Living the years of youth can lead to many different kinds of matters, but on the other hand, young people – like others – do not need to accept and meet all the challenges that seemingly come their way. There is help available, opportunities to make an impact on society, on their own life and circumstances, but young people also have the right to insist that their rights are materialised. One of the main duties of youth workers is to help young people to see hope and possibilities. New solutions can be found – and even if it would be an old one, it might be better thought out when talked over with a youth worker.
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Sources of knowledge
In this chapter, the sources of knowledge shared contain insights into the legal background regarding the equality of young people. Young people are as valuable as other people. Study or working posts neither affects their value nor their rights: all people are important parts of the society, whether they are in education, or work, or not. The Universal Declaration of Human Rights of the United Nations provides an important basis, see illustrated version. The declaration states that everyone has the right to life, freedom, and personal security.
In addition to the Human Rights Declaration, the Non-Discrimination act prohibits all discrimination. Discrimination is prohibited for example on the basis of age, nationality, disability or sexual orientation, see the illustrated version of the act published on the Ministry of Justice’s Equality.fi website. Society must also adjust its services so that they can be accessible to as many as possible. An interesting detail in organising such services are the rights and needs young people have of receiving these services in their own language. Based on the Youth Shelter manager Leena Suurpää of the Finnish Red Cross, there is a need to consider when some action is enough when offered the same to all, when there should be an introduction of an action in several languages, and when the presence of translator is needed so that the response to sometimes quite individual needs of support is offered appropriately.
Young people should have a “licence for better”, for better services, for example. Based on the Youth Act , the municipalities and state shall offer and organise opportunities for young people to participate in, in order for them make an impact on issues related to local, regional and nationwide youth work and policies, or otherwise ensure that they are consulted in said contexts. Additionally, young people shall be consulted in matters that affect them.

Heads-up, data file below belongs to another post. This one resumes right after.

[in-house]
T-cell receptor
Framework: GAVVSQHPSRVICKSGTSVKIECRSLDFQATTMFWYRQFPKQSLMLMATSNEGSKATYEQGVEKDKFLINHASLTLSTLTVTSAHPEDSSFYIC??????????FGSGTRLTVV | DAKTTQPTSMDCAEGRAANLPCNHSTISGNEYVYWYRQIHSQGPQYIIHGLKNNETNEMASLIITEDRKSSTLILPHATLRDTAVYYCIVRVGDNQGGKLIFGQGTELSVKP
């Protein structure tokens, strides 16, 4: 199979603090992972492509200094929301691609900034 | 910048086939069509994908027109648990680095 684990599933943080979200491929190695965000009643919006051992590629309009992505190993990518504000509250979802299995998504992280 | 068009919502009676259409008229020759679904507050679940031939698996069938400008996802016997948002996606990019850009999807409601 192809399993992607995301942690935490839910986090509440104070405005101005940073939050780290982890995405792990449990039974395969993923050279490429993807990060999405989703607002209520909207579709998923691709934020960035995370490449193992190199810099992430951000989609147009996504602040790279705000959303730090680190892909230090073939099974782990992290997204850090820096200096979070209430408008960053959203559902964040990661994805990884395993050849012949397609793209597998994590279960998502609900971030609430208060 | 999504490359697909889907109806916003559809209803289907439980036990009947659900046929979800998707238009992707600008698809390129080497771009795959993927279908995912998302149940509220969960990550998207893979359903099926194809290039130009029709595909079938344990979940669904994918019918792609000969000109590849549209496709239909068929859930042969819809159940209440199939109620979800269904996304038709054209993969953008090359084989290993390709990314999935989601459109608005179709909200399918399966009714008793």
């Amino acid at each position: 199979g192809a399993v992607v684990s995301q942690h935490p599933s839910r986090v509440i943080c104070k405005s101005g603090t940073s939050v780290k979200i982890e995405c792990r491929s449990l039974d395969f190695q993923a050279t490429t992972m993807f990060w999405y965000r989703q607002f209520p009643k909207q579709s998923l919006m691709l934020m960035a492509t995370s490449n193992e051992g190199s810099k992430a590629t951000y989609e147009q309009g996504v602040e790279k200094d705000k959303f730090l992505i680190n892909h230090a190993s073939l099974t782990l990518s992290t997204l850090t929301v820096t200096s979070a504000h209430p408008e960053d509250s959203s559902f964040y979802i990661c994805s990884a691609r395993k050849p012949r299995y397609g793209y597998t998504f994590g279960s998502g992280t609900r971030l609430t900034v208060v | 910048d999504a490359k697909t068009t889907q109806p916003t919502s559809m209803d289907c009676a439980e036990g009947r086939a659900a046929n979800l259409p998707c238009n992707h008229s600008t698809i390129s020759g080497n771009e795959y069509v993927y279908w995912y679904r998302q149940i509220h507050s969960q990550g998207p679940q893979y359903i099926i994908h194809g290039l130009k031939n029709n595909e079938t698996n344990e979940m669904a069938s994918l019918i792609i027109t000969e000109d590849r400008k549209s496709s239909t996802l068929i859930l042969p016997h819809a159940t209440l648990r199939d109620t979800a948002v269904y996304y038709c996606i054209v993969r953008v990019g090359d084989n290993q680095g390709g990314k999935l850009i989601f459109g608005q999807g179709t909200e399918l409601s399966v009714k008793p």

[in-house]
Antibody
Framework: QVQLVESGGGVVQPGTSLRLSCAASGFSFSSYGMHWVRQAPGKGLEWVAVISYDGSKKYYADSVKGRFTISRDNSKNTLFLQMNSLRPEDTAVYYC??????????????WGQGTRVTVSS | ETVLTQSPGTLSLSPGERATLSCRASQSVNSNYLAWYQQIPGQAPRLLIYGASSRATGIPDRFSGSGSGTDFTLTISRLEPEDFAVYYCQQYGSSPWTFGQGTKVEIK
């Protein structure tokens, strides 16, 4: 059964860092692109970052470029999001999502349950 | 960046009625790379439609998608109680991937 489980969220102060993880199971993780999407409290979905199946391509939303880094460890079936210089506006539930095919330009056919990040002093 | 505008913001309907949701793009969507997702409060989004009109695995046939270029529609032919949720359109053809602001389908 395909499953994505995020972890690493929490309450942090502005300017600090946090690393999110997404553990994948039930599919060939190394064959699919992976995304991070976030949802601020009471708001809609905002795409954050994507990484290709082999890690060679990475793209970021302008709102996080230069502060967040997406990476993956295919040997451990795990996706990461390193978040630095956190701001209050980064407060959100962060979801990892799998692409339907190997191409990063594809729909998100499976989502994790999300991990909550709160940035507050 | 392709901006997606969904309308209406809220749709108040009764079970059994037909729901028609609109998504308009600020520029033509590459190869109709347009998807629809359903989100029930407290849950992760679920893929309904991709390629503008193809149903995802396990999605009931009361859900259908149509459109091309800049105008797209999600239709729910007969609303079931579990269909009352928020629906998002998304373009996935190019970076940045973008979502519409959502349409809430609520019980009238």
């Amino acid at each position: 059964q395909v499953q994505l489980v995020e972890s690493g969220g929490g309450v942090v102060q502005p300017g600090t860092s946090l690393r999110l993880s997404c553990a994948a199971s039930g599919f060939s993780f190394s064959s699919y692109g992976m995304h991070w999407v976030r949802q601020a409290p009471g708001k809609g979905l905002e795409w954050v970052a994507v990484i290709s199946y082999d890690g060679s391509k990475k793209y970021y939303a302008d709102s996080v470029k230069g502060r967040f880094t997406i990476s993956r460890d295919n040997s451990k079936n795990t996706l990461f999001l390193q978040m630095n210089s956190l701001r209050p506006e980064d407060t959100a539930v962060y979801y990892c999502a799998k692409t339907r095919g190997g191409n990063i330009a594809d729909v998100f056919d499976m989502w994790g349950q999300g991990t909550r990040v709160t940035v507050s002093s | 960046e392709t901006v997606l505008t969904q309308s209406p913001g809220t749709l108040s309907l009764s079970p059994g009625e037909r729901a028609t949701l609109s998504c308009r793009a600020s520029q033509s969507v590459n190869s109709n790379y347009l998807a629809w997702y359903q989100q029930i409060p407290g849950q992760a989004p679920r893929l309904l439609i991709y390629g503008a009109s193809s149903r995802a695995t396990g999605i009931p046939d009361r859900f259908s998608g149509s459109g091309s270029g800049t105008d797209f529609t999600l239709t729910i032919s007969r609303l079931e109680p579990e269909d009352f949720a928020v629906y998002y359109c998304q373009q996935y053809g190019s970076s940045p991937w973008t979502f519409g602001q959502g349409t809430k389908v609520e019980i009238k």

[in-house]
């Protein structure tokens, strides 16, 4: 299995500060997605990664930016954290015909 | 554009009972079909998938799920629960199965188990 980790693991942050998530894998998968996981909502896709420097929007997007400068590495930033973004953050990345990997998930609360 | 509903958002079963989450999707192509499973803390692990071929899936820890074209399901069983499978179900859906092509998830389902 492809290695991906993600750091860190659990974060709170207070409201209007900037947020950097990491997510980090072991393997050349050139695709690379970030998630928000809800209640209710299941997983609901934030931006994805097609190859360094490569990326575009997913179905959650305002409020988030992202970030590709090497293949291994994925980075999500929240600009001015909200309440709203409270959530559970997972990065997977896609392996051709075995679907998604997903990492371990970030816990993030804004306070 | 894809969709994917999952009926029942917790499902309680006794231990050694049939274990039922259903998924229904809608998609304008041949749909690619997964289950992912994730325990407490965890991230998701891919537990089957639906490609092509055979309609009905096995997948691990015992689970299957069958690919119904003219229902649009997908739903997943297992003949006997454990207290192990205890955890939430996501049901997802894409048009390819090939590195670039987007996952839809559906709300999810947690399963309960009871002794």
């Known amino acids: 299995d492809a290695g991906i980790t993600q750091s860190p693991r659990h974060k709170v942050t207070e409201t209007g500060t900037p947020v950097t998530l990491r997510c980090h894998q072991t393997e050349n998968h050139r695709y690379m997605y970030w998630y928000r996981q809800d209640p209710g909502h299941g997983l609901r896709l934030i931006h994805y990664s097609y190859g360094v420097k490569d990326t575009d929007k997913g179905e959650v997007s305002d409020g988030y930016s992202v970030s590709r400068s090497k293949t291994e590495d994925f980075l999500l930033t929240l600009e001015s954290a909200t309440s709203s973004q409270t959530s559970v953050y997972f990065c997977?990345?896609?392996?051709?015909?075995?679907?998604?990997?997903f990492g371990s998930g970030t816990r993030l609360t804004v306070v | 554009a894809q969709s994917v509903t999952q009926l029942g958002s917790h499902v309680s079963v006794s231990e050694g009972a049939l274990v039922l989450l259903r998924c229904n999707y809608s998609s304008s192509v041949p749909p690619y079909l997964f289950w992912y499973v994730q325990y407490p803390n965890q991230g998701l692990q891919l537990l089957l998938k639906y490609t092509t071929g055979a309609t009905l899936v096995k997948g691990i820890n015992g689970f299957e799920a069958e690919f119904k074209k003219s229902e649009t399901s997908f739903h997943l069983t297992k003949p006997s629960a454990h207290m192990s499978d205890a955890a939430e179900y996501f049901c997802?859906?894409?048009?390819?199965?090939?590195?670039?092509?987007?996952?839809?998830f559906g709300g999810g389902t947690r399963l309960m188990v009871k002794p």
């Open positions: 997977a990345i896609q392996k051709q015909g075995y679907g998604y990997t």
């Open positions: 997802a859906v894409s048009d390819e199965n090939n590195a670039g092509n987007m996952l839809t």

The Youth Act reminds about the obligations stated in the Local Government Act when it comes to setting up a youth council or some other corresponding youth group in making an impact. It is important to keep in mind the other commitments the Local Government Act has regarding participation. These include empowering young people to participate, and shall not be limited to those taking part in the work youth council, but, as the Act notices, possibilities for making impact should be varied and made available to all. Examples of such possibilities for impact-making include organising discussions and hearings, establishing citizen juries, collecting opinions, and facilitating co-operative planning processes. The youth worker has the knowledge to raise the level of participation and to include impact-making opportunities in the everyday life of every young person, for example, in youth premises (youth centres, youth houses) or in other parts of living milieus. Young people must also have a voice to define which matters they want to make an impact on. The ability to offer impact-making opportunities which inspires young people to participate also belongs to the youth worker skills.
Like other people, young people may also get involved in criminal activities. Possibilities for supportive discussions are likely needed for both the victims of criminal activities and for the perpetrators. Getting involved in and committing crimes may also be related to some other problematic issues in life. The role of the youth worker may be a very important one, especially for those conducting crimes, because this kind of support seems to be offered very rarely in Finnish society for those older than 18 years old. The same principle of listening applies here as with anything else: it is essential to listen to what a young person has to say, and this truth is still valid, even if the issues discussed are complex and painful.
The skill of initiating a discussion is an important one to have for a youth worker. In a manual (which is available in Finnish) produced in the project called “Recognition and prevention of sexual grooming in youth work” by Koordinaatti, based on her experience, expert Laura Juntunen advises how to start to talk about difficult matters. It is important to ask young people questions so that she/he/they can answer even by means of a nod, only. For example: “Has someone done or ever attempted to do anything to you which you didn’t want to happen?” and “Has there ever been anything that now makes you feel bad?” Juntunen also suggests putting questions into writing, if talking is difficult. (Juntunen 2020.)
References for this part:
Juntunen, Laura (2020) Yksi kohtaaminen voi muuttaa kaiken. [One encounter can change everything.] In Oinas, Merja-Maaria & Pietilä, Mika & Tuohino, Venla (eds.) (2020) Kysy, kohtaa ja kuuntele. Opas seksuaalisen houkuttelun ja seksuaaliväkivallan ennaltaehkäisyyn nuorisotyössä. [Ask, encounter, and listen. Manual for recognition and prevention of sexual grooming in youth work.] City of Oulu: Koordinaatti, 10–12.